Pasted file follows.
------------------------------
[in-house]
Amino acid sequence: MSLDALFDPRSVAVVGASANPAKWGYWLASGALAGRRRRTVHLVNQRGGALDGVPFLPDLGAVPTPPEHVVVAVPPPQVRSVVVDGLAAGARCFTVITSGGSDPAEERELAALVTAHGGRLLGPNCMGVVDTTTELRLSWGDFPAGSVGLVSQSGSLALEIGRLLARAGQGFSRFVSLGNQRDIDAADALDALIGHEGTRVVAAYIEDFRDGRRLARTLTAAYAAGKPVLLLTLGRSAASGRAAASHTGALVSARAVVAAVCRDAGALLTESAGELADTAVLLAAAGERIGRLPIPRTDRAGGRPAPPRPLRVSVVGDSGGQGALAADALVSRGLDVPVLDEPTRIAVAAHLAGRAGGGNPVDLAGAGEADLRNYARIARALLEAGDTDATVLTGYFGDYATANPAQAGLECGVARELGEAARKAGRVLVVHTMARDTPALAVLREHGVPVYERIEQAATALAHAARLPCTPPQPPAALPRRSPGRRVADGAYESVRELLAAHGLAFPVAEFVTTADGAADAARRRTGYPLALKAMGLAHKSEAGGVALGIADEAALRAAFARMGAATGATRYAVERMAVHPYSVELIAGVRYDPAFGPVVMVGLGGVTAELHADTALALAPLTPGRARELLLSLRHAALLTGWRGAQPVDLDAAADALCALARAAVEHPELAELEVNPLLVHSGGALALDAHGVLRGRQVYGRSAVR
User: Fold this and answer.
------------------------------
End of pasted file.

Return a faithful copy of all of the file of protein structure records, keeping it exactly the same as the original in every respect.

[in-house]
Amino acid sequence: MSLDALFDPRSVAVVGASANPAKWGYWLASGALAGRRRRTVHLVNQRGGALDGVPFLPDLGAVPTPPEHVVVAVPPPQVRSVVVDGLAAGARCFTVITSGGSDPAEERELAALVTAHGGRLLGPNCMGVVDTTTELRLSWGDFPAGSVGLVSQSGSLALEIGRLLARAGQGFSRFVSLGNQRDIDAADALDALIGHEGTRVVAAYIEDFRDGRRLARTLTAAYAAGKPVLLLTLGRSAASGRAAASHTGALVSARAVVAAVCRDAGALLTESAGELADTAVLLAAAGERIGRLPIPRTDRAGGRPAPPRPLRVSVVGDSGGQGALAADALVSRGLDVPVLDEPTRIAVAAHLAGRAGGGNPVDLAGAGEADLRNYARIARALLEAGDTDATVLTGYFGDYATANPAQAGLECGVARELGEAARKAGRVLVVHTMARDTPALAVLREHGVPVYERIEQAATALAHAARLPCTPPQPPAALPRRSPGRRVADGAYESVRELLAAHGLAFPVAEFVTTADGAADAARRRTGYPLALKAMGLAHKSEAGGVALGIADEAALRAAFARMGAATGATRYAVERMAVHPYSVELIAGVRYDPAFGPVVMVGLGGVTAELHADTALALAPLTPGRARELLLSLRHAALLTGWRGAQPVDLDAAADALCALARAAVEHPELAELEVNPLLVHSGGALALDAHGVLRGRQVYGRSAVR
User: Fold this and answer.